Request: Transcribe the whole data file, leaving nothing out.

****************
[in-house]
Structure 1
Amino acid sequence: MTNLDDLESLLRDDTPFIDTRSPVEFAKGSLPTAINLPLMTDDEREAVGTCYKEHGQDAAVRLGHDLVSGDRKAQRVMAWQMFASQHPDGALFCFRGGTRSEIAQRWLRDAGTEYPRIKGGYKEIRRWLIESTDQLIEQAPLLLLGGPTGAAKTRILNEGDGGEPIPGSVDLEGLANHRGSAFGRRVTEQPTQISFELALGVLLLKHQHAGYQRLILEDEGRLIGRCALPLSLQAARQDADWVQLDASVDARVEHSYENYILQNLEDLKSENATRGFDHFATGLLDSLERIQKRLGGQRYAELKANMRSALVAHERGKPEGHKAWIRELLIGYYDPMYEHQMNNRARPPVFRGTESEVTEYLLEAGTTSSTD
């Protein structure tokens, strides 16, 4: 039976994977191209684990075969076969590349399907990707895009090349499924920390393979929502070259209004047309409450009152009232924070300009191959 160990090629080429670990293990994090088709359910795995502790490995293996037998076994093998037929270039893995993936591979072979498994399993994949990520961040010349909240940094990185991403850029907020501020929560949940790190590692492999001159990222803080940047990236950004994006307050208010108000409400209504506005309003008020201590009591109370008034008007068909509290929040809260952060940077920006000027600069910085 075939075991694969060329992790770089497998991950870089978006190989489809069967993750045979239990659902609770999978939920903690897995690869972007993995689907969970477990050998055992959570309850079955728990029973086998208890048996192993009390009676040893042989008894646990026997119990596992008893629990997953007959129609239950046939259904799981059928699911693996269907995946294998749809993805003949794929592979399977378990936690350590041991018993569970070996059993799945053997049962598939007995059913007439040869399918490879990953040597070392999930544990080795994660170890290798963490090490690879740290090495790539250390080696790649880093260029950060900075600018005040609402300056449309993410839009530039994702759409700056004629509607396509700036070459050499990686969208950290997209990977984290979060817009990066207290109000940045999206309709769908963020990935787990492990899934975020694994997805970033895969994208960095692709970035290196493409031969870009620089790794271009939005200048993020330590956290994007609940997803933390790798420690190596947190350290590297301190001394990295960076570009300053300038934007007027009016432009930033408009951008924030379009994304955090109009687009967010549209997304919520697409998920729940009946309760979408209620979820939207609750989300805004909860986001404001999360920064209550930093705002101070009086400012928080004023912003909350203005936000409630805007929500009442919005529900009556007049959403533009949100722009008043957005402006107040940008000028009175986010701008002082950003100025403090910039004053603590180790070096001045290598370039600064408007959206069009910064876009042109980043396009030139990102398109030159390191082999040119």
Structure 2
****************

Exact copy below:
[in-house]
Structure 1
Amino acid sequence: MTNLDDLESLLRDDTPFIDTRSPVEFAKGSLPTAINLPLMTDDEREAVGTCYKEHGQDAAVRLGHDLVSGDRKAQRVMAWQMFASQHPDGALFCFRGGTRSEIAQRWLRDAGTEYPRIKGGYKEIRRWLIESTDQLIEQAPLLLLGGPTGAAKTRILNEGDGGEPIPGSVDLEGLANHRGSAFGRRVTEQPTQISFELALGVLLLKHQHAGYQRLILEDEGRLIGRCALPLSLQAARQDADWVQLDASVDARVEHSYENYILQNLEDLKSENATRGFDHFATGLLDSLERIQKRLGGQRYAELKANMRSALVAHERGKPEGHKAWIRELLIGYYDPMYEHQMNNRARPPVFRGTESEVTEYLLEAGTTSSTD
């Protein structure tokens, strides 16, 4: 039976994977191209684990075969076969590349399907990707895009090349499924920390393979929502070259209004047309409450009152009232924070300009191959 160990090629080429670990293990994090088709359910795995502790490995293996037998076994093998037929270039893995993936591979072979498994399993994949990520961040010349909240940094990185991403850029907020501020929560949940790190590692492999001159990222803080940047990236950004994006307050208010108000409400209504506005309003008020201590009591109370008034008007068909509290929040809260952060940077920006000027600069910085 075939075991694969060329992790770089497998991950870089978006190989489809069967993750045979239990659902609770999978939920903690897995690869972007993995689907969970477990050998055992959570309850079955728990029973086998208890048996192993009390009676040893042989008894646990026997119990596992008893629990997953007959129609239950046939259904799981059928699911693996269907995946294998749809993805003949794929592979399977378990936690350590041991018993569970070996059993799945053997049962598939007995059913007439040869399918490879990953040597070392999930544990080795994660170890290798963490090490690879740290090495790539250390080696790649880093260029950060900075600018005040609402300056449309993410839009530039994702759409700056004629509607396509700036070459050499990686969208950290997209990977984290979060817009990066207290109000940045999206309709769908963020990935787990492990899934975020694994997805970033895969994208960095692709970035290196493409031969870009620089790794271009939005200048993020330590956290994007609940997803933390790798420690190596947190350290590297301190001394990295960076570009300053300038934007007027009016432009930033408009951008924030379009994304955090109009687009967010549209997304919520697409998920729940009946309760979408209620979820939207609750989300805004909860986001404001999360920064209550930093705002101070009086400012928080004023912003909350203005936000409630805007929500009442919005529900009556007049959403533009949100722009008043957005402006107040940008000028009175986010701008002082950003100025403090910039004053603590180790070096001045290598370039600064408007959206069009910064876009042109980043396009030139990102398109030159390191082999040119």
Structure 2